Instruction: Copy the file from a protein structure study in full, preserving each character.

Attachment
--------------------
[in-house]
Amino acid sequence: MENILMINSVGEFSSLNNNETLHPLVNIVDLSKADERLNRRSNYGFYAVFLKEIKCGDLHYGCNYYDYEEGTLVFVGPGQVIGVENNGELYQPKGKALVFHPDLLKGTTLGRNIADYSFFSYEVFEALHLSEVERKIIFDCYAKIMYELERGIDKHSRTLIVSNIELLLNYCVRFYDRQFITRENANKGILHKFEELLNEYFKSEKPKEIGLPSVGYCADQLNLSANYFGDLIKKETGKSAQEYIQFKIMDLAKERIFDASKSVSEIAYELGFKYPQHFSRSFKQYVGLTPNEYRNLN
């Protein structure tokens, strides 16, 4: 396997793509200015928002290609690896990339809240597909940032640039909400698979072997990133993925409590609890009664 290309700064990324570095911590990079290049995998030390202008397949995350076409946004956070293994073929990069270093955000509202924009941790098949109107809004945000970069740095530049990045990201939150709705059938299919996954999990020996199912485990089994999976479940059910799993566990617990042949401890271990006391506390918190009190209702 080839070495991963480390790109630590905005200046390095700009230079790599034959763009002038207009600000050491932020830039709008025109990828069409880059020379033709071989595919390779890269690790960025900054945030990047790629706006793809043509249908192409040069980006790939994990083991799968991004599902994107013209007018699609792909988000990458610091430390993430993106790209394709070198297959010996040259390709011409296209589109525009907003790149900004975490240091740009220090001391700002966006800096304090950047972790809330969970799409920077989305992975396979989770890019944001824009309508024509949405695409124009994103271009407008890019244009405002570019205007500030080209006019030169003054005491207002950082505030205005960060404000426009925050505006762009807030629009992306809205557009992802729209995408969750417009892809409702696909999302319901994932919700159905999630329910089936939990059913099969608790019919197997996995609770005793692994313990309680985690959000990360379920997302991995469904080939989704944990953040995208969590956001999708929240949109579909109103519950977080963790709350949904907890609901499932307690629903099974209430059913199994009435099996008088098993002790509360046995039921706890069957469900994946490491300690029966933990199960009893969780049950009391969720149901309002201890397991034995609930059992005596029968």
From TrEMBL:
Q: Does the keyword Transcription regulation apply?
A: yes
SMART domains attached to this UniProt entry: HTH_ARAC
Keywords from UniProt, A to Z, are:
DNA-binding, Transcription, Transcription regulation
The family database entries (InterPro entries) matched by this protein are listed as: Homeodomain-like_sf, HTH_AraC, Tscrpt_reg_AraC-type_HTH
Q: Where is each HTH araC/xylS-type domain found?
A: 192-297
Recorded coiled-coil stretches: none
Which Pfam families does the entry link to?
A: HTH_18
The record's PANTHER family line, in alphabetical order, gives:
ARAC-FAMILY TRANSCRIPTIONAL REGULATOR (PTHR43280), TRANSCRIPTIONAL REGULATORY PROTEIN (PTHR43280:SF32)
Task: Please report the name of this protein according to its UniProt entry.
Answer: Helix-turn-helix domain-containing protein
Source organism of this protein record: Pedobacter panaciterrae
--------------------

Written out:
[in-house]
Amino acid sequence: MENILMINSVGEFSSLNNNETLHPLVNIVDLSKADERLNRRSNYGFYAVFLKEIKCGDLHYGCNYYDYEEGTLVFVGPGQVIGVENNGELYQPKGKALVFHPDLLKGTTLGRNIADYSFFSYEVFEALHLSEVERKIIFDCYAKIMYELERGIDKHSRTLIVSNIELLLNYCVRFYDRQFITRENANKGILHKFEELLNEYFKSEKPKEIGLPSVGYCADQLNLSANYFGDLIKKETGKSAQEYIQFKIMDLAKERIFDASKSVSEIAYELGFKYPQHFSRSFKQYVGLTPNEYRNLN
């Protein structure tokens, strides 16, 4: 396997793509200015928002290609690896990339809240597909940032640039909400698979072997990133993925409590609890009664 290309700064990324570095911590990079290049995998030390202008397949995350076409946004956070293994073929990069270093955000509202924009941790098949109107809004945000970069740095530049990045990201939150709705059938299919996954999990020996199912485990089994999976479940059910799993566990617990042949401890271990006391506390918190009190209702 080839070495991963480390790109630590905005200046390095700009230079790599034959763009002038207009600000050491932020830039709008025109990828069409880059020379033709071989595919390779890269690790960025900054945030990047790629706006793809043509249908192409040069980006790939994990083991799968991004599902994107013209007018699609792909988000990458610091430390993430993106790209394709070198297959010996040259390709011409296209589109525009907003790149900004975490240091740009220090001391700002966006800096304090950047972790809330969970799409920077989305992975396979989770890019944001824009309508024509949405695409124009994103271009407008890019244009405002570019205007500030080209006019030169003054005491207002950082505030205005960060404000426009925050505006762009807030629009992306809205557009992802729209995408969750417009892809409702696909999302319901994932919700159905999630329910089936939990059913099969608790019919197997996995609770005793692994313990309680985690959000990360379920997302991995469904080939989704944990953040995208969590956001999708929240949109579909109103519950977080963790709350949904907890609901499932307690629903099974209430059913199994009435099996008088098993002790509360046995039921706890069957469900994946490491300690029966933990199960009893969780049950009391969720149901309002201890397991034995609930059992005596029968």
From TrEMBL:
Q: Does the keyword Transcription regulation apply?
A: yes
SMART domains attached to this UniProt entry: HTH_ARAC
Keywords from UniProt, A to Z, are:
DNA-binding, Transcription, Transcription regulation
The family database entries (InterPro entries) matched by this protein are listed as: Homeodomain-like_sf, HTH_AraC, Tscrpt_reg_AraC-type_HTH
Q: Where is each HTH araC/xylS-type domain found?
A: 192-297
Recorded coiled-coil stretches: none
Which Pfam families does the entry link to?
A: HTH_18
The record's PANTHER family line, in alphabetical order, gives:
ARAC-FAMILY TRANSCRIPTIONAL REGULATOR (PTHR43280), TRANSCRIPTIONAL REGULATORY PROTEIN (PTHR43280:SF32)
Task: Please report the name of this protein according to its UniProt entry.
Answer: Helix-turn-helix domain-containing protein
Source organism of this protein record: Pedobacter panaciterrae